What does it mean to fight for a cause? What if one has no casus belli? What if no one does? Such are some of the themes explored in Alejandro Landes’ Monos.
Monos follows 8 teenage soldiers through the Andes mountains and Amazon rainforest of Colombia. At the film’s start, they are trained by a commando (the barrel-chested, first-time actor Wilson Salazar), but are mostly left to their own devices. Their main objective is holding an American hostage (Julianne Nicholson), presumably for some undefined, future ransom.
Everything the niños soldados do is wrapped in ambiguity. We, the audience, never even learn what the ultimate goal of the guerilla group is. Unsurprisingly, the adolescent antiheroes are far more compelled by their carnal and violent impulses than whatever their given assignment is. The lack of discipline leads to a flurry of professional failures, leadership changes, and shifting loyalties.
The film works as a general metaphor for the folly of war, but it really serves as a portrait of the history of Colombia. South America’s 2nd largest nation has been awash in near-perpetual violence (which started with a civil war literally called La Violencia) for nearly a century. During this dark time, leftists, conservatives, guerilla groups, the military, the police, the cartels and bands of armed farmers have all been committing atrocities against each other and the civilian population, generally with no real motive other than money or power. Too often, the politicians and other public servants have thrown the public good to the side in order to embezzle and receive cartel kickbacks (small wonder Colombia is one of the 12 most unequal countries in the world). Even when Colombia appears to be taking steps towards peace, greed and broken governmental promises inevitably erode it. The pacing and plot of Monos emulates this perpetual stalemate.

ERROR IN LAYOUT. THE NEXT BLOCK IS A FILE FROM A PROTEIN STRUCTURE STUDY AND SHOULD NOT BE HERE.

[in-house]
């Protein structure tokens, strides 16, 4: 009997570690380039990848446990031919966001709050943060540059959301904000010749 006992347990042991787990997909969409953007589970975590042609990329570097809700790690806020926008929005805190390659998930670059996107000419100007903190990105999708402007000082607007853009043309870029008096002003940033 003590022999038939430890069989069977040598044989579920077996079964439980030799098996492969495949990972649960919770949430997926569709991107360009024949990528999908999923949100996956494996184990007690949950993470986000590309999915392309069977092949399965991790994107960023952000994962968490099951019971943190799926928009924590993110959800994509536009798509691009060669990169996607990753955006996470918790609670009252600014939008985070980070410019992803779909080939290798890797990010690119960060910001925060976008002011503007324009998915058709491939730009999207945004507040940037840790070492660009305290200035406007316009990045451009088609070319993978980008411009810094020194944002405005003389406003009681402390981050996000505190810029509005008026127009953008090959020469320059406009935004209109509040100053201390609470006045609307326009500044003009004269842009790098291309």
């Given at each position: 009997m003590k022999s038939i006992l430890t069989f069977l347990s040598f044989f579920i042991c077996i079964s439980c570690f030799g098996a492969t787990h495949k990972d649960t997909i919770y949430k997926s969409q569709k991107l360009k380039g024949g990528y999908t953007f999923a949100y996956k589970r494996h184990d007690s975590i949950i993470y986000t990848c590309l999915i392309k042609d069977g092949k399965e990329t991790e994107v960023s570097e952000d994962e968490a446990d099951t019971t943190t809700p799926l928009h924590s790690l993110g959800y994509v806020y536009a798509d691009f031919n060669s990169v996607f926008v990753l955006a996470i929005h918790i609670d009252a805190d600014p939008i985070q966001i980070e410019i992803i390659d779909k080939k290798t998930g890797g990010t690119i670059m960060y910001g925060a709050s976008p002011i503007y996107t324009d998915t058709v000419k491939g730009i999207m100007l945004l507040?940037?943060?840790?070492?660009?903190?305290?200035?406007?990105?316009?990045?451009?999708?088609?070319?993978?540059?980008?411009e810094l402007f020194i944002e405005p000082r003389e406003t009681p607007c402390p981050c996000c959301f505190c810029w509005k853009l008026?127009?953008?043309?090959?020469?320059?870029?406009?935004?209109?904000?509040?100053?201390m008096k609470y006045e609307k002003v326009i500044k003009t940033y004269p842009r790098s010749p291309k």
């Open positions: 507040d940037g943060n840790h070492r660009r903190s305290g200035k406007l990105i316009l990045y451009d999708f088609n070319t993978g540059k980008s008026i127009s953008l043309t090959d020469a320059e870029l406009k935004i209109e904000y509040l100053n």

The ultimate victims of la violencia are the children. Constant warfare has robbed countless thousands of Colombian children of their parents. Colombia has been the 6th largest international adoptee source country for American parents (the U.S. is the destination country for about half of all international adoptees), despite only being the 29th most populous country, with the 112th lowest median age. One Colombian armed group alone, FARC, has recruited over 11,000 child soldiers over the past half-century. The fictitious child soldiers of Monos embody the nihilism that this environment creates. Every time one of the characters dreams of a better future, they are slapped in the face with violent reality; one of the characters proclaims, “I want to dance on TV,” only to be promptly responded to with a mortar round.
From a technical standpoint, Monos is a masterful achievement for the 39-year old Alejandro Landes. It’s a film that succeeds by being much more steeped in mood than plot; the dialogue becomes increasingly sparse as the characters descend into (literally) howling madness. This directorial choice makes sense, given that the lives and motives of the protagonists are as murky as jungle canopy. Landes’ camera angles, hostage video sequences, and brief, intimate character shots give the film a near-documentary feel. The Amazonian and particularly cloudy Andean landscape shots really elevate the emotional resonance. A waterfall underwater-sequence near the film’s end is among some of the most exciting camera work that one can behold on screen. Even the soundtrack goes above and beyond to transport viewers into a mindset of anarchic terror. Cinephiles can only hope to see much more from the young director and cast in the years to come. In the meantime, run to see this newest addition to Colombia’s many cultural masterpieces on the big screen.